It was the type of conversation we’ve all heard, and then thought, “I’d never do that!” In a small restaurant north of San Francisco, I heard a woman loudly complaining to a friend about the ingratitude of a relative. “I just don’t understand it,” the woman said. “I tried to be helpful. You know, her husband is in critical condition, and she just about bit my head off when I offered to help. You’d think she’d be more appreciative.”
Often the term “shock” is used to describe changes in a person’s behavior because of a traumatic event. Nineteen physiological symptoms have been identified, but very little is written about the effect an emotional shock has on words and actions. And when they are noted, most people identify them as aberrations of the person’s usual character. That’s so unlike him, or Yes, I know she can be self-centered at times, but this is ridiculous, are the types of statements I often hear when someone is describing a strange or hurtful behavior by a good friend or loved one.
In many cases, these “bizarre” behaviors begin shortly after a traumatic event and often linger. I think one reason they are misunderstood is that what’s traumatic for one person may be of little consequence to another. The loss of a pet may be just as traumatic, or even more so, than the loss of a spouse. The inability to run competitively for a professional athletic may produce more emotional shock than the loss of a leg of someone who was always been physically inactive. It’s the consequences of losses that are of significance, rather than where they should fall on an abstract list of things that are “important.”
I witnessed an interaction between two friends that followed an emotionally traumatic event. In individual conversations with me, each said the other was uncaring and each looked to me to verify their own, unique interpretation of what occurred. I felt I was in the middle of the wonderful 1950’s movie. Rashomon by Akira Kurosawa, where three characters each describe a terrible event. But the description of each differs according to each person’s needs. And so it did for my friends. Each filtered what had occurred through the pain each was experiencing.
For more than thirty years in various capacities, I witnessed the effects of emotional shock. As a communications counselor I’ve seen “hostility” in clients who realize that their ability to communicate in a certain way is gone. As a speech-language pathologist I watched the “unexplainable” reactions of parents when they accepted that the dreams they had for their child would never be fulfilled. As a hospice caregiver I’ve witnessed the transformation of emotional shock into the “abusive” reactions of family members as the death of a loved one approached. As a change consultant, I’ve listened to supervisors describe the sudden “bizarre” changes in an otherwise model employee. And as a university professor, I’ve been the recipient of “hostile” personal invectives by a graduate student when I gave him a B+ instead of an A- for a term paper.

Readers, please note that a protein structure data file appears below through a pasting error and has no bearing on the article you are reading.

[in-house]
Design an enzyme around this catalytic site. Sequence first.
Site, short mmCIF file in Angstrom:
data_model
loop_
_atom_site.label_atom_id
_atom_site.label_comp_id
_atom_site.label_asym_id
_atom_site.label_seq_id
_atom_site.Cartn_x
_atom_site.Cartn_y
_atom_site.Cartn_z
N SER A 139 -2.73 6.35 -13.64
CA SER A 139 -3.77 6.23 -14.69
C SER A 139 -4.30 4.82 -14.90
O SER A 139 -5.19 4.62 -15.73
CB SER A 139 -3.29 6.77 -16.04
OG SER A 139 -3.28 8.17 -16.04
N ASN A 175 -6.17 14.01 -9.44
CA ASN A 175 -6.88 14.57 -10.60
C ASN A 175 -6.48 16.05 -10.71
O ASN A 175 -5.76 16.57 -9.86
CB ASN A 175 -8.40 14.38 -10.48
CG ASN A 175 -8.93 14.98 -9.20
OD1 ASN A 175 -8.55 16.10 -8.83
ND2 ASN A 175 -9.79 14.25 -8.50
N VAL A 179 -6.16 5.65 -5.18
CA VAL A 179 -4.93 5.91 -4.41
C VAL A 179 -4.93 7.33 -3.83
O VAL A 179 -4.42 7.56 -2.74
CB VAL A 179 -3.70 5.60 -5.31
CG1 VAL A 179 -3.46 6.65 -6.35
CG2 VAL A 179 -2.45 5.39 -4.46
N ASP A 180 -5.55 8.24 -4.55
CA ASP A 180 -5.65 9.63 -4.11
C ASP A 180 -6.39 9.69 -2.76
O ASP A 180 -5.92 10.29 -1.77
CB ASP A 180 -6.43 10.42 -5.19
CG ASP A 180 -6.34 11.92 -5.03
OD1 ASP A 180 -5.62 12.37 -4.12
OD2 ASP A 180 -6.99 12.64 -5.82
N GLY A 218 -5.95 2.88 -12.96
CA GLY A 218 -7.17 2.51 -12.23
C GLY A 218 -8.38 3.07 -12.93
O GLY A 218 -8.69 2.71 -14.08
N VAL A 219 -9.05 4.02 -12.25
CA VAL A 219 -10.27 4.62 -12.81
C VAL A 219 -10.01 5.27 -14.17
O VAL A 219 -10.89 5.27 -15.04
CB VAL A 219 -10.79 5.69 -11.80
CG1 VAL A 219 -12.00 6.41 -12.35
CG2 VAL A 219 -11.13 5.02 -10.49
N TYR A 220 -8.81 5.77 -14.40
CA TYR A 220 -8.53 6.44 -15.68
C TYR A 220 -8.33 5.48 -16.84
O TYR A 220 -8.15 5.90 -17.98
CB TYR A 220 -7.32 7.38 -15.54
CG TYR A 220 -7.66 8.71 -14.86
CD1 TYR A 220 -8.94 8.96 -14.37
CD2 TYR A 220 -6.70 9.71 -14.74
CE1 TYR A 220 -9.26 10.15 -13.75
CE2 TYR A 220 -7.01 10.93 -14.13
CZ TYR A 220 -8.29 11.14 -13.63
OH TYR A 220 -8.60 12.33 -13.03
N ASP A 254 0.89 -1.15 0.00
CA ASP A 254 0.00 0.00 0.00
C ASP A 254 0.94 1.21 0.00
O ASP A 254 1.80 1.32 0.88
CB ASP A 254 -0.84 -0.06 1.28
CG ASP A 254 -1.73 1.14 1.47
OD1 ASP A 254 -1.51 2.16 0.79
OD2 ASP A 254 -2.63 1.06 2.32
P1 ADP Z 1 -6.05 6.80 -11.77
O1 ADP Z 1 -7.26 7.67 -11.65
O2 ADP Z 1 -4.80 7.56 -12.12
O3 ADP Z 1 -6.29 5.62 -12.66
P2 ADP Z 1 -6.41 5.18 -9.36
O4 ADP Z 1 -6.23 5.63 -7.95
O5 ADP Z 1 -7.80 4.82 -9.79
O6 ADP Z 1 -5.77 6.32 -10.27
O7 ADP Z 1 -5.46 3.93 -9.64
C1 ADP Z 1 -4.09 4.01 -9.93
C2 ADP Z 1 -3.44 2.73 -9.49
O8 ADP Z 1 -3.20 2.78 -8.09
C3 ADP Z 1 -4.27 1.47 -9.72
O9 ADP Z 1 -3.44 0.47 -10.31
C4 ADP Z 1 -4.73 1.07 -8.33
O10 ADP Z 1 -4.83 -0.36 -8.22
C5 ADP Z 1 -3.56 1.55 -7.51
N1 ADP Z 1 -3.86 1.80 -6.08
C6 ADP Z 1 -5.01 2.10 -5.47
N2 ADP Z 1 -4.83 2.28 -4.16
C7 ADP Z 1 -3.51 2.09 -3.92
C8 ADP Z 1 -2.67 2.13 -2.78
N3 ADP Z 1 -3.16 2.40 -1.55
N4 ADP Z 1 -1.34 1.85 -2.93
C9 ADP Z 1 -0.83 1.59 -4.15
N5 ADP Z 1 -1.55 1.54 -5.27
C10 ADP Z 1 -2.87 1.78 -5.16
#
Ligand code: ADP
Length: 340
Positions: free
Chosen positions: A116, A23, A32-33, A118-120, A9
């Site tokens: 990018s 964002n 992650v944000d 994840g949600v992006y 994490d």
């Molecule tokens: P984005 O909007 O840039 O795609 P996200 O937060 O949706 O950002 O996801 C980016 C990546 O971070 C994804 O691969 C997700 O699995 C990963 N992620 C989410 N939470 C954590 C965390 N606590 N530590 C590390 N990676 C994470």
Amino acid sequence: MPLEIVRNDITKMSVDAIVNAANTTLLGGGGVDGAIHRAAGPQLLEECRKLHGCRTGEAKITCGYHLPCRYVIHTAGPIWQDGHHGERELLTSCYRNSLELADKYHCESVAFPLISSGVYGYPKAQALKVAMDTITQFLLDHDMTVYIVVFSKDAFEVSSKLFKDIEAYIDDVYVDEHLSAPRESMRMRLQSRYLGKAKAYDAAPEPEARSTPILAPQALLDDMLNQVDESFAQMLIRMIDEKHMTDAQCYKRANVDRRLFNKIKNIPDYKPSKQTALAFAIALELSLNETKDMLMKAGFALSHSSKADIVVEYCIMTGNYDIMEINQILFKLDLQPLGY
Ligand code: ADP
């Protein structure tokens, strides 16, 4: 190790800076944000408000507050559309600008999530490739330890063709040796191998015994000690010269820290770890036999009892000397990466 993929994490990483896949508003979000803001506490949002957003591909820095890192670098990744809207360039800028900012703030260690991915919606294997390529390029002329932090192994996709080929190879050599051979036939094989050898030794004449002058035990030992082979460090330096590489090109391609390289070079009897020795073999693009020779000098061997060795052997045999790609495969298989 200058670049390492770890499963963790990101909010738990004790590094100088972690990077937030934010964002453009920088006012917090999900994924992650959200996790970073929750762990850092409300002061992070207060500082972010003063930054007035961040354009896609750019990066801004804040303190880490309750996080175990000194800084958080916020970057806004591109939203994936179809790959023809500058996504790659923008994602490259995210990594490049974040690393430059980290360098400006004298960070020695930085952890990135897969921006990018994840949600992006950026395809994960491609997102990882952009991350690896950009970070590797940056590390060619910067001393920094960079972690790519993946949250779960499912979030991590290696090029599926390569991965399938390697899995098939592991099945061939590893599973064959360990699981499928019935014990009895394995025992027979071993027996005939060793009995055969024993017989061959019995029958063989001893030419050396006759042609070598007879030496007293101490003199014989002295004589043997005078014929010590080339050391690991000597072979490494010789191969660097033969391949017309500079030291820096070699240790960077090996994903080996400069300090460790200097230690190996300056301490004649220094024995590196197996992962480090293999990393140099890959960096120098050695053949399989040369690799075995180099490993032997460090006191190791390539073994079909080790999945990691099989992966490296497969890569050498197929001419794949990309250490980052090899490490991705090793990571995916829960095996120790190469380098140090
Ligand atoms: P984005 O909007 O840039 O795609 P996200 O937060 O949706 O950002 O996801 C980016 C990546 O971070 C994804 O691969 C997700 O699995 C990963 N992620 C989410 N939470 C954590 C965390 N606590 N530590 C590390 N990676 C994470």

WHAT TO DO
Despite understanding that traumatic events effect relationships, my patients and clients felt unable to change their behaviors and words in the midst of an emotional shock. They looked back and couldn’t believe the hurtful words and behaviors that came from them. Even with hindsight, few believed they could have done or said anything other than what they did. If reactions to traumatic events are more irrational than rational—and I believe they are—then the focus on how to minimize their destructive effects falls on the person who is receiving the abuse.
As a hospice bedside volunteer for eight years, I’ve learned to park my ego outside the doors of my patients. There are instances when I’m just collateral damage for my patient’s anger at what is physically happening to them or the family’s frustration at a loved one’s discomfort. Just as the experience of dying is not about me, the emotional shock that translates into unskillful acts and words of a friend or loved one is not about you.
But understanding the unskillful acts of others, doesn’t mean “turning the other cheek.” A more appropriate response is the type found in the marshal art of Aikido, where you defend yourself while protecting your attacker. Defending yourself involves understanding that the invectives thrown out against you are probably more a reflection of your attacker’s unresolved problems then anything about you. Protecting him or her requires the type of restraint you might use when a drunk who can barely stand picks a fight with you, or a devastated loved one accuses you of unimaginable behaviors.
Arguing rationally with someone in emotional shock rarely changes their view, and more likely will result in building an even higher defensive wall. Although you may believe that counter-attacking is a way of disputing a delusional belief and protecting yourself, it can be destructive to a valued relationship. Learn from the Aikido Masters. Listen, don’t confront, and gently turn away your attacker’s anger by being supportive.
Stan Goldberg, Ph.D.. author of 6 books,100’s articles on end-of-life, grieving, and the recovery of joy. His book, Lessons for the Living was awarded the 2009 Best New International Book at the London Book Festival and an excerpt was the lead chapter in McClead’s Best Buddhist Writings of 2010.